If you are developing a site that involves "community features" then I suggest you watch this whole video that's been posted to Channel9 on the www.on10.net development.
One highlight includes how they exposed everything on the site as a set of web services that can be mashed up into rich client apps or other web apps. You can do this simply by including thier video player in your blog post, but you cold also completely remix the site if you'd like. I also like how they include blog trackbacks in the conversation... and hopefully they track back to your blog site if there is a reply.
The second tidbit that stuck out is the dedication to dogfooding. The whole team is committed to delivering something they use and would want to use on a regular basis. They all blog, work on thier own sites, and participate in other online communities. It would be pretty hard to stay current in today's modern online world if your dev team isn't as commited as they are and using online sites for discussion on a regular basis. And I'm not talking about a blog that's updated every other month with your latest idea to "talk at" your customers.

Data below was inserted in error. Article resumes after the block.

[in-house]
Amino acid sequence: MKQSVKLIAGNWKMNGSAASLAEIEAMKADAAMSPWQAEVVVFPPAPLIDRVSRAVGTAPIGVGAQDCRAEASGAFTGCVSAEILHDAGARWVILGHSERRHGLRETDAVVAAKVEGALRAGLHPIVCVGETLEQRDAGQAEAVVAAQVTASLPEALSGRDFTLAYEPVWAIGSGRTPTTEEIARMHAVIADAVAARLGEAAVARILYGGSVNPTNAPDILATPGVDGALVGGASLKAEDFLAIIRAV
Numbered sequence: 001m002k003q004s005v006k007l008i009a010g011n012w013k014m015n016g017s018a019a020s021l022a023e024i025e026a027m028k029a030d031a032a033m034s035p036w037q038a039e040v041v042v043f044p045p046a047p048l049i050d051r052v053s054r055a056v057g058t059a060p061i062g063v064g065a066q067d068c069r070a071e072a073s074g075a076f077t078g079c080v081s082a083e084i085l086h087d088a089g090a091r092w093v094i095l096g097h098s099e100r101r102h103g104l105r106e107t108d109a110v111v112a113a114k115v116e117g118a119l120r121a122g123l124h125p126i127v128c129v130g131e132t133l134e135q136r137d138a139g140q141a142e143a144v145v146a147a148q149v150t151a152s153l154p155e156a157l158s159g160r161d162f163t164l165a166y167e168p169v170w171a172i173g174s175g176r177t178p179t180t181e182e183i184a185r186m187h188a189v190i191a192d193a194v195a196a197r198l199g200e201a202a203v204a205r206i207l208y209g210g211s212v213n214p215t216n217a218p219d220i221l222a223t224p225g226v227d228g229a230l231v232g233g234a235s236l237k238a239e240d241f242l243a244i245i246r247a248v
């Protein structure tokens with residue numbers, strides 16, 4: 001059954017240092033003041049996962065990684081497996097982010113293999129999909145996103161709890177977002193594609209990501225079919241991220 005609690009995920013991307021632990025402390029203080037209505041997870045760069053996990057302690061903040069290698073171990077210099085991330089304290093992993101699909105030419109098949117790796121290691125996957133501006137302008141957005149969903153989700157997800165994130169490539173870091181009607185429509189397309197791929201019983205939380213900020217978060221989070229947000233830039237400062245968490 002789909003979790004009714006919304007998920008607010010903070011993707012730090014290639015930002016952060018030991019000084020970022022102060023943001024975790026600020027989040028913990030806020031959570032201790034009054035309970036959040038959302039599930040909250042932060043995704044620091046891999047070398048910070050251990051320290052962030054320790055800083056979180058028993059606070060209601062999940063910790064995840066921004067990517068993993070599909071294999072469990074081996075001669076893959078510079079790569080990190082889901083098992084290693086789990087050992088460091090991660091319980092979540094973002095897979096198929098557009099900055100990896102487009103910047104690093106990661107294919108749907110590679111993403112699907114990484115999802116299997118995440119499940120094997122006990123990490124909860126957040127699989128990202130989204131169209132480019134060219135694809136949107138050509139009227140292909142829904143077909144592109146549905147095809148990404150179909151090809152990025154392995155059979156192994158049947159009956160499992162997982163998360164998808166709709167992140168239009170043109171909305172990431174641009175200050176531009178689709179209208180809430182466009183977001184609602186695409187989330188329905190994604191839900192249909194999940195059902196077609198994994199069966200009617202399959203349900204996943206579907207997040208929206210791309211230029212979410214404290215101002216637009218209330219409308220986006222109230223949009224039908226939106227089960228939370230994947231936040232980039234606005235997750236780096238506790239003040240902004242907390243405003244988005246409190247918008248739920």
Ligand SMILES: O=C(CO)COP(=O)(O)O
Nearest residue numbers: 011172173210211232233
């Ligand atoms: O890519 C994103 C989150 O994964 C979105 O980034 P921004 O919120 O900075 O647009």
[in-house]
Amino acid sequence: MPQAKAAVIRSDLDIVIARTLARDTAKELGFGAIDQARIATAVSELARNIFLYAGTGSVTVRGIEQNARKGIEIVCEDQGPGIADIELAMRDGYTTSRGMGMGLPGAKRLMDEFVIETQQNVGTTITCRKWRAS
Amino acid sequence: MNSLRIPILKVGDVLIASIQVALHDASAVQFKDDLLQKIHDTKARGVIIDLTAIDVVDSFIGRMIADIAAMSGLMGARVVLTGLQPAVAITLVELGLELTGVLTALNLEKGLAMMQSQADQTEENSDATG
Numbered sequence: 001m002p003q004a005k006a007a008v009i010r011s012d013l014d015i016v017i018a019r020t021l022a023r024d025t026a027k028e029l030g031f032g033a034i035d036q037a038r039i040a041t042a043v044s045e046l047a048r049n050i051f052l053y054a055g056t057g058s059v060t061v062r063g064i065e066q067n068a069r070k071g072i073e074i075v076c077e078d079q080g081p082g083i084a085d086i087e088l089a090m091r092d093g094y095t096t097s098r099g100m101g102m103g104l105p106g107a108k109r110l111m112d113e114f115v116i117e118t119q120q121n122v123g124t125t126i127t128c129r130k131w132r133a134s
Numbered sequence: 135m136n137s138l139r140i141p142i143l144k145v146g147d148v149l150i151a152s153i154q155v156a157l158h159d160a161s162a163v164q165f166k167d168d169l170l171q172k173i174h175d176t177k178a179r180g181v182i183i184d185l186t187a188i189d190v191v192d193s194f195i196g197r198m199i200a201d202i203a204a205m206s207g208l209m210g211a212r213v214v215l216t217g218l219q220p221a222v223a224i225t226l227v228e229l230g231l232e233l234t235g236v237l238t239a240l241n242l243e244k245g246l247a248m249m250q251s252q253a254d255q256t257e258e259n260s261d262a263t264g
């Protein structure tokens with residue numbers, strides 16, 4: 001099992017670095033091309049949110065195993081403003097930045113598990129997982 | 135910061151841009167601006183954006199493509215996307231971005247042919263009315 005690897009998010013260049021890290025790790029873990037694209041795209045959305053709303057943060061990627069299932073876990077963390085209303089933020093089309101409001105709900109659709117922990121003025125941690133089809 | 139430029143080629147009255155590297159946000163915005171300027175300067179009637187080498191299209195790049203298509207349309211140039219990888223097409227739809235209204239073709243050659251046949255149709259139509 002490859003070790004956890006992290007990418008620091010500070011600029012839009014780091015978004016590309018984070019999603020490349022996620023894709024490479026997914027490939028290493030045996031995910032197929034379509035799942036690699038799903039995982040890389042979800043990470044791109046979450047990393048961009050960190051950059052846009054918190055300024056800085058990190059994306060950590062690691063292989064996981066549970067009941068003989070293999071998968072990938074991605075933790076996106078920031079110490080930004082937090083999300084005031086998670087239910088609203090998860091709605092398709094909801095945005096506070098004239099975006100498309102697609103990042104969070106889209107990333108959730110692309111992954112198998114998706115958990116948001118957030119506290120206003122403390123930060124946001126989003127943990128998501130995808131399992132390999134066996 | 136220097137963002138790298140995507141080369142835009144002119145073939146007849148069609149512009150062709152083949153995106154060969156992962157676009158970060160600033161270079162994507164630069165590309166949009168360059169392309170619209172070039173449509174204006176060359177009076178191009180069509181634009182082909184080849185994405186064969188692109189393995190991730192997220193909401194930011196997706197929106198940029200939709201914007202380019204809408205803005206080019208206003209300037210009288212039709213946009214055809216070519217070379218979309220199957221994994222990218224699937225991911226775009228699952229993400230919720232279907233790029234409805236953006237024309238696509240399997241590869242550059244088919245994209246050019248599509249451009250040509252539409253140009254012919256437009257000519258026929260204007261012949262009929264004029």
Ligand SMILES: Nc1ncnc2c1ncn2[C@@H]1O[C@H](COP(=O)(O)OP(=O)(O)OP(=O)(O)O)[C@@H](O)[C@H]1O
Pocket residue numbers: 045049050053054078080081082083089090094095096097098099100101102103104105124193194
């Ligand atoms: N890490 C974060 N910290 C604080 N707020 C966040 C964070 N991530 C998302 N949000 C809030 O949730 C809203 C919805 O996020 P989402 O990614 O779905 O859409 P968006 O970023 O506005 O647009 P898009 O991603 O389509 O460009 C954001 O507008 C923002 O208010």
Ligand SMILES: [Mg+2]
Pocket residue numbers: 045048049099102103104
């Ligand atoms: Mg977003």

The final bit from this video I loved was the breif discussion about the transition of discussions and the evolution of the venue over time. I actually used thier "clip" service to make a clip out of this segment. You can view the clip entitled "Community Evolution" here. This is for everyone who wonders why in the world we would have <gasp> web based forums for online discussion built into Visual Studio. It also begs the question of "What could you build into VS next to connect it to the community?"